Google has bought restaurant ratings publisher Zagat, in a deal whose value hasn’t been disclosed. Marrissa Mayer, the VP of Local, Maps and Location Services at Google, announced the deal in a celebratory blog post that crowed, “With Zagat, we gain a world-class team that has more experience in consumer based-surveys, recommendations and reviews than anyone else in the industry.” What Google seems to be buying with Zagat is a way to bring trusted human recommendations and user-generated content to its local offerings in a format that honors its engineering culture.
From the blog post:
Their surveys may be one of the earliest forms of UGC (user-generated content)—gathering restaurant recommendations from friends, computing and distributing ratings before the Internet as we know it today even existed. Their iconic pocket-sized guides with paragraphs summarizing and “snippeting” sentiment were “mobile” before “mobile” involved electronics. Today, Zagat provides people with a democratized, authentic and comprehensive view of where to eat, drink, stay, shop and play worldwide based on millions of reviews and ratings.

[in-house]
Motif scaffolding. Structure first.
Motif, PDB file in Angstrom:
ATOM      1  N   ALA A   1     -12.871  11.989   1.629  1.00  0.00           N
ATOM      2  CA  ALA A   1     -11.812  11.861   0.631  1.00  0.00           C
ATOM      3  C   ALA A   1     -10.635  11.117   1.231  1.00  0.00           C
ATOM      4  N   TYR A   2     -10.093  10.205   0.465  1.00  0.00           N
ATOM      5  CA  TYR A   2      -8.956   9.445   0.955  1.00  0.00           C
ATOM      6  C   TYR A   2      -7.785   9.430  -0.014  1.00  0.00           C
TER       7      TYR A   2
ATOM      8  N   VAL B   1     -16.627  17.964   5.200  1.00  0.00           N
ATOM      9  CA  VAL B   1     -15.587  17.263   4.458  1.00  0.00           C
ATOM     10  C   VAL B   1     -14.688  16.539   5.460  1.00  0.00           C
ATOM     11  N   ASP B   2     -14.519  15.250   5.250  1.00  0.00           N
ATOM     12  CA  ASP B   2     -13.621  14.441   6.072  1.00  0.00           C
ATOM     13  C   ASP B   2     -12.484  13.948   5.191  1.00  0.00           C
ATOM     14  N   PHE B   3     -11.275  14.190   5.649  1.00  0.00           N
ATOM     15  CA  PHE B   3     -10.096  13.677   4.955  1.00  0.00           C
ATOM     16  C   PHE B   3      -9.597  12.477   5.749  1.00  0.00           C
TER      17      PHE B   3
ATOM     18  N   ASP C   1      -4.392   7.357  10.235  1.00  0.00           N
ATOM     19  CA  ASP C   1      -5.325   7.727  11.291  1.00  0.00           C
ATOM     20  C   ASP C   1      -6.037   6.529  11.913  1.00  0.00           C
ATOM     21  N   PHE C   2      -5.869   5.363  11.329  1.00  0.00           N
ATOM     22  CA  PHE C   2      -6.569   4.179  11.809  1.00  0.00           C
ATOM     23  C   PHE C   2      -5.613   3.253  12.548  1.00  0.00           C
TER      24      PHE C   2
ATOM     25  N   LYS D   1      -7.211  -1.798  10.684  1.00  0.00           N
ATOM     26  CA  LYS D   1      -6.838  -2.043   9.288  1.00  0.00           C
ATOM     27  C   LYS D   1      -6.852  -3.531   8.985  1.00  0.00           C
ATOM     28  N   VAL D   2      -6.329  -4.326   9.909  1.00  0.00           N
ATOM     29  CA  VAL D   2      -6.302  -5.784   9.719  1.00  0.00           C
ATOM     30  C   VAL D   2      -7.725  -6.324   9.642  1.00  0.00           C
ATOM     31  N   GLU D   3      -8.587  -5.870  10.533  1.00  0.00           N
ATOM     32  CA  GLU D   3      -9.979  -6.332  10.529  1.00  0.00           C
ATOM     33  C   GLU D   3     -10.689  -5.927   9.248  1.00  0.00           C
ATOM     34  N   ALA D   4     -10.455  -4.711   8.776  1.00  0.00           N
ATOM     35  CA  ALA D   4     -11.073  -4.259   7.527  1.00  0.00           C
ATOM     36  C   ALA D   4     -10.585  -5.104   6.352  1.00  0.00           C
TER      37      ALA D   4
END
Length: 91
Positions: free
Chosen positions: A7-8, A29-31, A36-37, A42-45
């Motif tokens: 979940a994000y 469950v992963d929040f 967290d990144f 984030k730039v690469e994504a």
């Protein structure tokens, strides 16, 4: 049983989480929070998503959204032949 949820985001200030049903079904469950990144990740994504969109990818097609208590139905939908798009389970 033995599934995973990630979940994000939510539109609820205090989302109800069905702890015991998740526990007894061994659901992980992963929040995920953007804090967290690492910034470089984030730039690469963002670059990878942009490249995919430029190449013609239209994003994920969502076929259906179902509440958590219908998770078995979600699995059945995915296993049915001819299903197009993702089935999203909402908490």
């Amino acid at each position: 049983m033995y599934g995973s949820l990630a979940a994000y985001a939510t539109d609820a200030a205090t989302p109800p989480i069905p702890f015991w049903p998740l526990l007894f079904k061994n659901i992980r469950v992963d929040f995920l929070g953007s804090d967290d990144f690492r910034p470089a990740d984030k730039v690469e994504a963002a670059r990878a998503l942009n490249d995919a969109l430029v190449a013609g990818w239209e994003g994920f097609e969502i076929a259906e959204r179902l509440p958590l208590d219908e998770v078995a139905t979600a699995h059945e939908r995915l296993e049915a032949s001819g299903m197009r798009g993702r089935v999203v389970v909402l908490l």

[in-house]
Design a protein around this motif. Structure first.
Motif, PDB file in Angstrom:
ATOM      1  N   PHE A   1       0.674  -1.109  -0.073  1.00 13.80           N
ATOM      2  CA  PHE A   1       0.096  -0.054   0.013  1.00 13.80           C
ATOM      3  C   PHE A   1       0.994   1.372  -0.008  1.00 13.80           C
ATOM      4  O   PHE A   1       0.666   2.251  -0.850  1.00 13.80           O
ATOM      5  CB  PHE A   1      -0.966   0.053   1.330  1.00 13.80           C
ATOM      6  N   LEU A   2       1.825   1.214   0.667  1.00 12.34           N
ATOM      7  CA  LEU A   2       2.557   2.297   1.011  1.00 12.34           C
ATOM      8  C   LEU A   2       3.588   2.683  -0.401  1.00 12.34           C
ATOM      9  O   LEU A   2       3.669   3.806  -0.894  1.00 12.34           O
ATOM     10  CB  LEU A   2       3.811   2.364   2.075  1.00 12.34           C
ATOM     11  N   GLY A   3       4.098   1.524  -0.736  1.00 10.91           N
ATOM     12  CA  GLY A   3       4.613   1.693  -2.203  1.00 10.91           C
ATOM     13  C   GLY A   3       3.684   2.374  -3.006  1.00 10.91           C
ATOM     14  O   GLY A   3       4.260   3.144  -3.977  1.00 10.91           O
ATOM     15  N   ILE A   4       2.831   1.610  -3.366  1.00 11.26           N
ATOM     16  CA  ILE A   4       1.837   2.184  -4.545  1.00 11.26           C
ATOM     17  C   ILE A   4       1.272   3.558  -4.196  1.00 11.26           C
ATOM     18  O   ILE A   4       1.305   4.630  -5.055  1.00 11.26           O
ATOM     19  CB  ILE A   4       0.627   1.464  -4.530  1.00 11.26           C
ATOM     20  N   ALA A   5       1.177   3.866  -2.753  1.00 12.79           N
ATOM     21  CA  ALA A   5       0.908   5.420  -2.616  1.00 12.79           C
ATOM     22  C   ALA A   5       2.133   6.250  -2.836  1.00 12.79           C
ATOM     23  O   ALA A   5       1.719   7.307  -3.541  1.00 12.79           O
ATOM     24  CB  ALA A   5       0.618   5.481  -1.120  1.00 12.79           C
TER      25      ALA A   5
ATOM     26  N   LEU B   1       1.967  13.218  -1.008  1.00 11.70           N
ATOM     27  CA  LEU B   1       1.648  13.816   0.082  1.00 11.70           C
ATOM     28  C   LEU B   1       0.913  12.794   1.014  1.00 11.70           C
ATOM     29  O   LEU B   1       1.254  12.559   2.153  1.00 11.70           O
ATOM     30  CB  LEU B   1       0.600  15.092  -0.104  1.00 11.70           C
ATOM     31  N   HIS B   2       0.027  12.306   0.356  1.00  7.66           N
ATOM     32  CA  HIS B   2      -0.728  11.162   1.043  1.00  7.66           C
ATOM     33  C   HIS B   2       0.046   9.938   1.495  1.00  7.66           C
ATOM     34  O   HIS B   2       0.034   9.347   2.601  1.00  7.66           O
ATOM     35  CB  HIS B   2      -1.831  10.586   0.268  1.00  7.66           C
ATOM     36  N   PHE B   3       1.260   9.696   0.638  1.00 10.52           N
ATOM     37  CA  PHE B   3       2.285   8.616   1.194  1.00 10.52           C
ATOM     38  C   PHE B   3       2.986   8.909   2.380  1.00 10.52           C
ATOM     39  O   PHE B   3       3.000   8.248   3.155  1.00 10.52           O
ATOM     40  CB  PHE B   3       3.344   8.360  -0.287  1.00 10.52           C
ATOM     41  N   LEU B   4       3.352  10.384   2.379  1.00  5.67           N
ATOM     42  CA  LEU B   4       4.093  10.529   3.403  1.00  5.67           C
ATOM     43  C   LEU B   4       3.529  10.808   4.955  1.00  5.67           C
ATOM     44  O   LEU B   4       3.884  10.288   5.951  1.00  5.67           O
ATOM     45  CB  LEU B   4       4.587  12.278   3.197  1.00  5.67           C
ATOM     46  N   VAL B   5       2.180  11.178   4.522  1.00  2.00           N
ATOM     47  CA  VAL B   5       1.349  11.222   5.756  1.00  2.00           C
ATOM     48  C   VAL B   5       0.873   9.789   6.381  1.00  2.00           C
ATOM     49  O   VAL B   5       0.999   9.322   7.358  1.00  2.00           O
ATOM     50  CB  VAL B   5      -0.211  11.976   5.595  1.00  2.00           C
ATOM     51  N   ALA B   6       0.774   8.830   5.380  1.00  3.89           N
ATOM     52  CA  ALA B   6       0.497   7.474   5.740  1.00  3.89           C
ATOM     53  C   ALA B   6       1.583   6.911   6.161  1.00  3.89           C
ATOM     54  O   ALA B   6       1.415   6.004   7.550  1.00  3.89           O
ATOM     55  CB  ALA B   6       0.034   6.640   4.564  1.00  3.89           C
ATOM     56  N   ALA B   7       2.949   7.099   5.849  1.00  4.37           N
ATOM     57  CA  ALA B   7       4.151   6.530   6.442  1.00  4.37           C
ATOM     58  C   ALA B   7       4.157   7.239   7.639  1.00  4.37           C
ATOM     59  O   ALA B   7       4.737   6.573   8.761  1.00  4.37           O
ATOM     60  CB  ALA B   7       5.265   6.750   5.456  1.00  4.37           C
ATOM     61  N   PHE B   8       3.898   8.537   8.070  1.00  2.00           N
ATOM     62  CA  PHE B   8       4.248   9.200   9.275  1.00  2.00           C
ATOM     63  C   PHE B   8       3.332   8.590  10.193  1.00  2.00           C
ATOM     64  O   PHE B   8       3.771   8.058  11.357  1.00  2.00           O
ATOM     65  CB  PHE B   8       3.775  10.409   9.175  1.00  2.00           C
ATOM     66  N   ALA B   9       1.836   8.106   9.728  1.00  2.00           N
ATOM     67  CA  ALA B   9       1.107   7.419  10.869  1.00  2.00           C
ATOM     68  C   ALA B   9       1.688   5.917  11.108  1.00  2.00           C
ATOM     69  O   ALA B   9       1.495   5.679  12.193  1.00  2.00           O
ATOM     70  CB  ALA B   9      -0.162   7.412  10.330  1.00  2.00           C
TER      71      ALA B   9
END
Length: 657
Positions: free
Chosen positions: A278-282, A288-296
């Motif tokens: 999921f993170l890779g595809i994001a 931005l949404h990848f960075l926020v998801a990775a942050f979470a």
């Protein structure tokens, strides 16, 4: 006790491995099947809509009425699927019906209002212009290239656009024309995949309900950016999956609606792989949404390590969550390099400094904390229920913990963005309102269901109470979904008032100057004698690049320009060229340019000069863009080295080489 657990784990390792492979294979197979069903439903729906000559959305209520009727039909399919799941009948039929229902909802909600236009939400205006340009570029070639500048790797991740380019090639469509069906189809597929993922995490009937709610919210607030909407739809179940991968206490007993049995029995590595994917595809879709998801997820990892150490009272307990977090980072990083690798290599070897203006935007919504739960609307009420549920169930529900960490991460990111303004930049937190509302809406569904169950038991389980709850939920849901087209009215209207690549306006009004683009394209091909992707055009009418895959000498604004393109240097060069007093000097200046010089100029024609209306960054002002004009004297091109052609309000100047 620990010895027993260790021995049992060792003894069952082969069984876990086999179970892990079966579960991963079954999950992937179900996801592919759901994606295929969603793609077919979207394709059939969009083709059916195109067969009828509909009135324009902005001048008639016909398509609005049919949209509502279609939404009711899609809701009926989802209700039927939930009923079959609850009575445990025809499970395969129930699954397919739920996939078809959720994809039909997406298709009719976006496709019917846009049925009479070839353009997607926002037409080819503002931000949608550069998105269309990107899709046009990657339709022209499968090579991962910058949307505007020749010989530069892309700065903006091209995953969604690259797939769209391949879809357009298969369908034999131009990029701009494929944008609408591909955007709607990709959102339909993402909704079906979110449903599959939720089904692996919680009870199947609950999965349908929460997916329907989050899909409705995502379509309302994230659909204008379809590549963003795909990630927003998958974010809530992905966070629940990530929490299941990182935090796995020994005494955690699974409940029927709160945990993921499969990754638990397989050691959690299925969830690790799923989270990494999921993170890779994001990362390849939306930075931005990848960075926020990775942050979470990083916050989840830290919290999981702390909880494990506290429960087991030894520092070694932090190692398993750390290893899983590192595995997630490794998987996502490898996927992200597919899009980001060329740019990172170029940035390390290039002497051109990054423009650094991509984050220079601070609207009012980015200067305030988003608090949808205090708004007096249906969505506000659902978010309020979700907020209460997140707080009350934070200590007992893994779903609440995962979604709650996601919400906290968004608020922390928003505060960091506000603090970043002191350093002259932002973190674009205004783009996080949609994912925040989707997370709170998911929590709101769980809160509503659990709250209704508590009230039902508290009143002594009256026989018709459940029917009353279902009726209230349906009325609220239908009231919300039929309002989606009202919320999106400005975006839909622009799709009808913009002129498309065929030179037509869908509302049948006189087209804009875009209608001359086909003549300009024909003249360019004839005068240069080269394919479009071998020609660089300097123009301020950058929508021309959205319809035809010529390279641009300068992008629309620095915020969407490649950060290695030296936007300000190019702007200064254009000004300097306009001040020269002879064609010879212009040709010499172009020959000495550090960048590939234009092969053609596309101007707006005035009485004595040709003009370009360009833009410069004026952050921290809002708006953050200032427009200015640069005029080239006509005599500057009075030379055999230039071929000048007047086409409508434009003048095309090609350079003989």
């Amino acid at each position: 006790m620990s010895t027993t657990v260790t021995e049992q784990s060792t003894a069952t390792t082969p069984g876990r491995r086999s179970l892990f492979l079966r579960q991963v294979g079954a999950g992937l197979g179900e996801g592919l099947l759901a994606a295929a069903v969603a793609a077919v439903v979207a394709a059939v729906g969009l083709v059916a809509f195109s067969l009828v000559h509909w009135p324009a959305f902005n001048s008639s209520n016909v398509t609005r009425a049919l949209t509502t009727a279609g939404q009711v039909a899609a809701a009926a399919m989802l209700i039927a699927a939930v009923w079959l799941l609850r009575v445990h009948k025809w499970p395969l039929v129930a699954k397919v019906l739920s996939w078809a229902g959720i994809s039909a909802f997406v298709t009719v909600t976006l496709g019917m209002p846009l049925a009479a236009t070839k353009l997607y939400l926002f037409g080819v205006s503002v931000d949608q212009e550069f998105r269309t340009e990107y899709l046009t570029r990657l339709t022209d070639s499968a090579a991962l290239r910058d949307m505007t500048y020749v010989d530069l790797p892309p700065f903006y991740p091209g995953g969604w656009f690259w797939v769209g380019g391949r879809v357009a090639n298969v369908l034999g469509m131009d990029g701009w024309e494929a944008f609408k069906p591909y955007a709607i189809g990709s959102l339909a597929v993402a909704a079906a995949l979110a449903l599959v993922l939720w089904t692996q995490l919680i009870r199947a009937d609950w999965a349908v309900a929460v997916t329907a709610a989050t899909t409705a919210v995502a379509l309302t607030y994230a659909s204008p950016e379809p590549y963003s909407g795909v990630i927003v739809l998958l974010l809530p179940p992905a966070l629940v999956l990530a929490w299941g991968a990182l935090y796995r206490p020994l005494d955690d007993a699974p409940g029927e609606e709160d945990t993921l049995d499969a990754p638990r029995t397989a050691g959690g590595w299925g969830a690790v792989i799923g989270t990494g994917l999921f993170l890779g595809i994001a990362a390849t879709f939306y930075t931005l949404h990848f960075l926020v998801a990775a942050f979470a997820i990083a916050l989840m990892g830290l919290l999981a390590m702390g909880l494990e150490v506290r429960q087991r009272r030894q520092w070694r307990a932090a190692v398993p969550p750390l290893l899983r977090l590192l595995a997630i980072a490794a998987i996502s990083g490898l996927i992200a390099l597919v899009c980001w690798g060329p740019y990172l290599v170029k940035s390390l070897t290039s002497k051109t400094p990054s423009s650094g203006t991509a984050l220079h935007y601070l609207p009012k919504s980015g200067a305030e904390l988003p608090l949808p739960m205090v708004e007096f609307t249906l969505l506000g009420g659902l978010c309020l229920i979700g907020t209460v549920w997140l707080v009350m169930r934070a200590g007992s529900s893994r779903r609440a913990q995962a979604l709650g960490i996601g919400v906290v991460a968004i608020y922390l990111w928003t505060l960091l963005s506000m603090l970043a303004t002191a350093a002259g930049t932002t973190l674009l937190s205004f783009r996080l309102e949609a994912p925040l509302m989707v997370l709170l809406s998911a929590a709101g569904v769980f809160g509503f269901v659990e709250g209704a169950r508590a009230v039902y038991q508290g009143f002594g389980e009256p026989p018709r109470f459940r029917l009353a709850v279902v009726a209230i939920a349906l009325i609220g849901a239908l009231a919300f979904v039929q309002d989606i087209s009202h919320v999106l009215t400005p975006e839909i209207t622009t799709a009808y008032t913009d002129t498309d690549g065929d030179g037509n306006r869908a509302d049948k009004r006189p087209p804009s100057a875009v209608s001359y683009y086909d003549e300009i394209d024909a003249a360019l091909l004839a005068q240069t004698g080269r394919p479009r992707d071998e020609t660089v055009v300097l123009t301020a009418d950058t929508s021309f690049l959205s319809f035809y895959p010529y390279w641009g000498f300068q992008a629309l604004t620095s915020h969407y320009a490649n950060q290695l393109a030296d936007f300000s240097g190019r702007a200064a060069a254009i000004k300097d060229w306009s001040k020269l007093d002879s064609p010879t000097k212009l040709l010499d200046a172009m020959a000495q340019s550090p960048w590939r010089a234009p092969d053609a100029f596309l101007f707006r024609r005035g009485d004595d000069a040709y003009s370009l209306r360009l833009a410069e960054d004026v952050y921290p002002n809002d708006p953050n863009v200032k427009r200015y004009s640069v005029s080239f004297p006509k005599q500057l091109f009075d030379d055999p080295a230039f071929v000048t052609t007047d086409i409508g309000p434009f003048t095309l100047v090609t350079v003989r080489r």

Mobile and user-generated content buzz aside, Zagat is arguably a good fit for Google, which already offers reviews on its Maps/Places sites. However, those reviews were recently stripped down as Google eliminated content coming from other sites because of issues surrounding the rights to that content. With Zagat, Google can theoretically compete against sites such as Yelp (which it has reportedly tried to acquire in the past) by using Zagat’s survey responses and perhaps by continuing Zagat’s practice of bringing in recommendations from social services such as Foursquare.
Zagat is a well-known and trusted consumer brand, although it has lost a bit of relevance as a result of free sites such as Yelp and Foursquare, at least for consumers who care most about the mobile and web world. Perhaps Google can get a little more recommendation cachet while also helping bring Zagat onto the web more widely. Zagat also has ties into the physical network of restaurants and local entertainment spots across many of its categories, which will help Google connect with local businesses for its advertising efforts and even daily deal efforts like Google Offers.